Tharp concludes each chapter with a set of exercises – not necessarily physical, though some are physical, but activities that may assist in forming, understanding and nurturing one’s own creative habit. The chapter titles might speak for themselves, or perhaps you will have no idea what they are about and that will inspire you to read this book! For me, I hope they will remind me of the meat of the chapter, and if not then I will borrow the book from the library to help me refuel my understanding,

1 – I Walk into a White Room
2 – Rituals of Preparation
3 – Your Creative DNA
4 – Harness Your Memory
5 – Before You Can Think out of the Box, You Have to Start with a Box
6 – Scratching
7 – Accidents Will Happen
8 – Spine
9 – Skill
10 – Ruts and Groves
11 – An “A” in Failure
12 – The Long Run

Advice from a Yogi

Sometime over the summer I took notes on a podcast conversation with a yogi. I am fairly certain that yogi was Judith Hansen Lasater being interviewed by her daughter, Lizzie Lasater, though I did not write down the source. Nonetheless, the advice sounds very much like what I imagine Judith would provide, so I’m going with her as the source (and the podcast that I think this comes from is here.)

There were two items of note that stood out to me – thoughts on language and thoughts on communicating, all related to leading yoga practices. All of the suggestions seem like they should be part and parcel of any yoga training, and being reminded of them simply helps to reinforce ways I want to be as a yoga teacher.

On Language:

  • use words to encourage and support
  • use humor
  • the hardest part of asana is to not be competitive with yourself
  • end with silence; it is “the residue that you take with you”
  • set an intention or suggest one, such as “take it to your gentle edge and then step back” and continue to remind yogis of this throughout practice

On Communication:

  • a belief in what you are saying is felt by others, thus the importance of speaking from your heart
  • it is about what the other person hears, not about what I say
  • use OBSERVATION – look at what students are doing, then revise and restate so students understand

 

Yoga Class as a Refuge

I recently watched Cyndi Lee in an archived  2017 online Yoga Alliance talk: Making Your Class a Refuge During Stressful Times. The title appealed to me partially because of how politics are unfolding in the U.S. and even more because I recently had a bit of stress around a reaction to a bee sting. (Little insect, big reaction, but the biggest reaction was to an antibiotic that was administered to make sure there was no blood infection. There wasn’t – yea – but my GI was terrifically unhappy with the medication.) I figured listening to the calming voice of Cyndi might prove a useful balm. (It did 🙂 and am relieved to say my GI has normalized after 11 malcontent days!)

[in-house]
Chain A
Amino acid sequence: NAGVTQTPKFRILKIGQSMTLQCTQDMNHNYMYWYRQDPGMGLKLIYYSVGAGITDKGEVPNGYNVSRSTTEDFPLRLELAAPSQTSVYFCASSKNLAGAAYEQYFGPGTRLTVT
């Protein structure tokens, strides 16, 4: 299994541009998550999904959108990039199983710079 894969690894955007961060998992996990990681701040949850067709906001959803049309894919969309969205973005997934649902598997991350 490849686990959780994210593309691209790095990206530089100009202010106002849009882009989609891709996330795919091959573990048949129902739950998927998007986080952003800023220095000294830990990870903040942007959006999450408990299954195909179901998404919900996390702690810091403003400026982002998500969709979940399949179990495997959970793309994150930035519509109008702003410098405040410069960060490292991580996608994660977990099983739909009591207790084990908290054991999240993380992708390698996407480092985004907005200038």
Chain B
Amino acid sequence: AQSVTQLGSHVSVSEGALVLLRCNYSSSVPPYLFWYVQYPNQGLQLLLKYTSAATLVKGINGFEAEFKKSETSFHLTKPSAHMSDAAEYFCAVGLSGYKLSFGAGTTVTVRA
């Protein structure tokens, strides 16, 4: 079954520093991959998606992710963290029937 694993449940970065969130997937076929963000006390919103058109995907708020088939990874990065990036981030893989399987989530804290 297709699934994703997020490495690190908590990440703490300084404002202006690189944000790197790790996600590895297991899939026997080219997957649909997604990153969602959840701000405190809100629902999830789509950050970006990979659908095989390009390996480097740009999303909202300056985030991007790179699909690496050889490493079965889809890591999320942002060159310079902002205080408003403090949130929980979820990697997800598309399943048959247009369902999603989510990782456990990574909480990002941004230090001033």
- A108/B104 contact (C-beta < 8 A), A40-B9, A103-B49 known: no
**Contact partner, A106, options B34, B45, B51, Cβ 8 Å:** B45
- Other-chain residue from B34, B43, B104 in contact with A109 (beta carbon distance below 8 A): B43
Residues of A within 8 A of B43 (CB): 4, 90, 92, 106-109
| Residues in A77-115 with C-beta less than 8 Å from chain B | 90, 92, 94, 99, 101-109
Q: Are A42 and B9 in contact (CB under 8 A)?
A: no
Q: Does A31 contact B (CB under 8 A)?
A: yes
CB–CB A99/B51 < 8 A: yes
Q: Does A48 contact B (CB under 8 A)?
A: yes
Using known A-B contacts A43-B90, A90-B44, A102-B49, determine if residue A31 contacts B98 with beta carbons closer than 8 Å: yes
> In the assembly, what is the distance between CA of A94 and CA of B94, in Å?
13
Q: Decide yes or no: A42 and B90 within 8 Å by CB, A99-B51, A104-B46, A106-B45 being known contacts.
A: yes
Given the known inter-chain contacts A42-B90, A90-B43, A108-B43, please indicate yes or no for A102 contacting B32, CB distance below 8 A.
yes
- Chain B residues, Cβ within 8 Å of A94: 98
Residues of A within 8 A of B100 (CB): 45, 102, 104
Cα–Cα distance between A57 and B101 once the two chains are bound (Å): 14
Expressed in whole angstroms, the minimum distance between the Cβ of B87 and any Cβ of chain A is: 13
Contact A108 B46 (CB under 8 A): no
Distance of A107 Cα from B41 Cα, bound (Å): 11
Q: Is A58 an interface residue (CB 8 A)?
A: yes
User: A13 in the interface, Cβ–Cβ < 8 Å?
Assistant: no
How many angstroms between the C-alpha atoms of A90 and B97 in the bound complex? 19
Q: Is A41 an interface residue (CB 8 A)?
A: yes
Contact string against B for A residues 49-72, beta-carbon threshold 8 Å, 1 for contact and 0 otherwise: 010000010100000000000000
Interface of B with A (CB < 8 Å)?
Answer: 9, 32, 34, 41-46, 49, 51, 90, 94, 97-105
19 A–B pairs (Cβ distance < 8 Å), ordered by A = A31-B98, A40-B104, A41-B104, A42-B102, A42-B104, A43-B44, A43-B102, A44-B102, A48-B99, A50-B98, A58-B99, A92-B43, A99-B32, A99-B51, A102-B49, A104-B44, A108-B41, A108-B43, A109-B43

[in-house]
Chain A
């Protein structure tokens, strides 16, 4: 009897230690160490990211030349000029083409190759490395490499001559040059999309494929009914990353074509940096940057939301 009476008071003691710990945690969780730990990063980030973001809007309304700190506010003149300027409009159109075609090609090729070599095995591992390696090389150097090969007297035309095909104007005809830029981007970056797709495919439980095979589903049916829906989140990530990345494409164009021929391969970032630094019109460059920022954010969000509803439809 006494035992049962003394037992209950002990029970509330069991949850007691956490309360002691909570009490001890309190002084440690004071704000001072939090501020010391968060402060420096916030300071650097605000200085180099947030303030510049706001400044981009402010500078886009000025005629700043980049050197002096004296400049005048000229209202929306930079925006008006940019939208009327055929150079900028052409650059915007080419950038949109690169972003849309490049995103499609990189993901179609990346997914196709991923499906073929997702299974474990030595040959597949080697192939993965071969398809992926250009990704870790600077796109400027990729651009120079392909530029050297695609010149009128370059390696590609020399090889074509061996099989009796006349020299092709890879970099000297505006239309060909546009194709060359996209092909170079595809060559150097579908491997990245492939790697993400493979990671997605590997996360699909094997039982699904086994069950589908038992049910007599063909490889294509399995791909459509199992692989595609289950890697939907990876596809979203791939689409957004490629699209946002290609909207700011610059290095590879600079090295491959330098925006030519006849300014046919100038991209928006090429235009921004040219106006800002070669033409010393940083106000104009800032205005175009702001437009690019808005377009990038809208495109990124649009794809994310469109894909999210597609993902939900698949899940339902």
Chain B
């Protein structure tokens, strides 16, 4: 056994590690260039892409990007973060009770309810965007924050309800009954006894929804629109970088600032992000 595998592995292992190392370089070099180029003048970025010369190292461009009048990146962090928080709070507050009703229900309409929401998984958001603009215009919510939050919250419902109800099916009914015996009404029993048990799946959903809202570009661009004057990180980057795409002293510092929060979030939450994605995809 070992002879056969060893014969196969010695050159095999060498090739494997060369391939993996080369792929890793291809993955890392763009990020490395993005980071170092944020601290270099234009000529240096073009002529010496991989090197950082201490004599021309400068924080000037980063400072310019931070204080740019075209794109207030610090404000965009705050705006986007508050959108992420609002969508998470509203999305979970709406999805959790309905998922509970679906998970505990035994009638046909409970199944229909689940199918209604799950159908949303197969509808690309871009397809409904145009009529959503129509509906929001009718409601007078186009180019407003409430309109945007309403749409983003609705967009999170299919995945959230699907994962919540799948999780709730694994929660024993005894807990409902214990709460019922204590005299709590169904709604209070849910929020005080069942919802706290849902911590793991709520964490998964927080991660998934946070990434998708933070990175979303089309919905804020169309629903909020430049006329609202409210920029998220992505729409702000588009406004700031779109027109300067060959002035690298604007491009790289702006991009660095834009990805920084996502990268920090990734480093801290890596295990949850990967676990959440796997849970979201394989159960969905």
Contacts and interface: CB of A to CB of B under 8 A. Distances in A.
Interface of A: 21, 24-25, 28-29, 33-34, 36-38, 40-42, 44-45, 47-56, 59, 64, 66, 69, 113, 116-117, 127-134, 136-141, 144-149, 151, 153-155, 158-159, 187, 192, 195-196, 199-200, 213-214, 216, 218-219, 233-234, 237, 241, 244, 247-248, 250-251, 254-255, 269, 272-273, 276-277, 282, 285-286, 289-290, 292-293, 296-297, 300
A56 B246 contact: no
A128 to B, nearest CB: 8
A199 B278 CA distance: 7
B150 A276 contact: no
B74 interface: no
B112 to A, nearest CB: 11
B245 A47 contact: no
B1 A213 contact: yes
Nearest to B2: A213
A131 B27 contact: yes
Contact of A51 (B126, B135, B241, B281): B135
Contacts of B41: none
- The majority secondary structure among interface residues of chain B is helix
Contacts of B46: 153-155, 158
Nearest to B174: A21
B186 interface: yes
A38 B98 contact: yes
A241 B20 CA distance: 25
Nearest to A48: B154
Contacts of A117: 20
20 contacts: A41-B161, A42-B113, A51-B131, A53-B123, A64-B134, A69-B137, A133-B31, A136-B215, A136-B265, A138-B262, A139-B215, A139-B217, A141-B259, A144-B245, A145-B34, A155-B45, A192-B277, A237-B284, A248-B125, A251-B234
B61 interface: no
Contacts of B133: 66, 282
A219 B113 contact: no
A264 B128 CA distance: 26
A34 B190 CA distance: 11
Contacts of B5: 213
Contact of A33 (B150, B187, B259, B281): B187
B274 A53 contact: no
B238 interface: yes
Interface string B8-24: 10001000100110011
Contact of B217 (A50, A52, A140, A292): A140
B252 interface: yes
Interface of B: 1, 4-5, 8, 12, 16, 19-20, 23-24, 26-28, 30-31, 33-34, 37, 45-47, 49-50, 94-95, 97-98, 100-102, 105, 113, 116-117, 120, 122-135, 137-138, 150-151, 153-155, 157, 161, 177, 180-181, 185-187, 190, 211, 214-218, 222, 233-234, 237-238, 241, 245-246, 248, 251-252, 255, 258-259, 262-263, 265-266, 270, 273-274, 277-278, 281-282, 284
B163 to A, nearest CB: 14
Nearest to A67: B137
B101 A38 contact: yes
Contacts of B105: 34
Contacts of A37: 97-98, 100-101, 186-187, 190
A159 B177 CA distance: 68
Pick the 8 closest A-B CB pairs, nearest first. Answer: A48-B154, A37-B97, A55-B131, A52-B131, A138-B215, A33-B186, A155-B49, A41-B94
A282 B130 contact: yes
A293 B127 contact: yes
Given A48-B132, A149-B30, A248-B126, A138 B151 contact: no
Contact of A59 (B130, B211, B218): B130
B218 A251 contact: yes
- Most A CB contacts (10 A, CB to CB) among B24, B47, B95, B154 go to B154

While I didn’t glean new insights from Cyndi’s talk, there were plenty of reminders that I can never hear too often.  

  1. Think of yoga as a refuge for self-care, not an escape to avoid unpleasantness.
  2. Stay open and hold the space for everyone. Unless someone says something, there is no way to know what they are feeling or dealing with. So true, and not just during yoga!
  3. Trust the practice and lead with clarity, confidence and compassion.

Cyndi continued with four specific points.

  1. Create a safe and friendly haven. For the first two and a half years I shared poetry during practice and then let it slide. People enjoyed the poetry and often asked me to email them the poems. I have now recommitted to bring the poetry back! 
  2. Provide a quiet and spacious environment. I liked Cyndi’s distinction between “right speech” and “noble quiet” as she suggests finding the rhythm between the two. (I teach in a magical, calm space that looks out on a harbor.)
  3. Avoid stressors in the space. This relates to temperature, lighting, air quality and smells. I was reminded to add a line in my weekly email to wear layers for comfort.
  4. Keep up a personal practice. Yes! After a summer of almost daily swimming I have returned to morning yoga on my mat, WQXR playing in the background, my husband reading nearby. Ahhhhh…

I enjoyed Cyndi’s talk and was motivated to borrow Yoga Body, Buddha Mind from the library. Am enjoying her writing, finding it both calming and informative. A beauty of my yoga, both practicing and teaching, is I’m always learning.

 

Plums & Discs, Plumb Lines & Posture

PLUMS & DISCS
A really juicy plum is sweet and full. Prod it with your fingers (palpating it!) and you can  feel the give-and-take within the body of the fruit. With that image in mind, imagine your plumvertebral column, the curvy, almost “slinky-like” chain beginning at the base of the skull and continuing down to your pelvis where the lumbar spine meets the sacrum.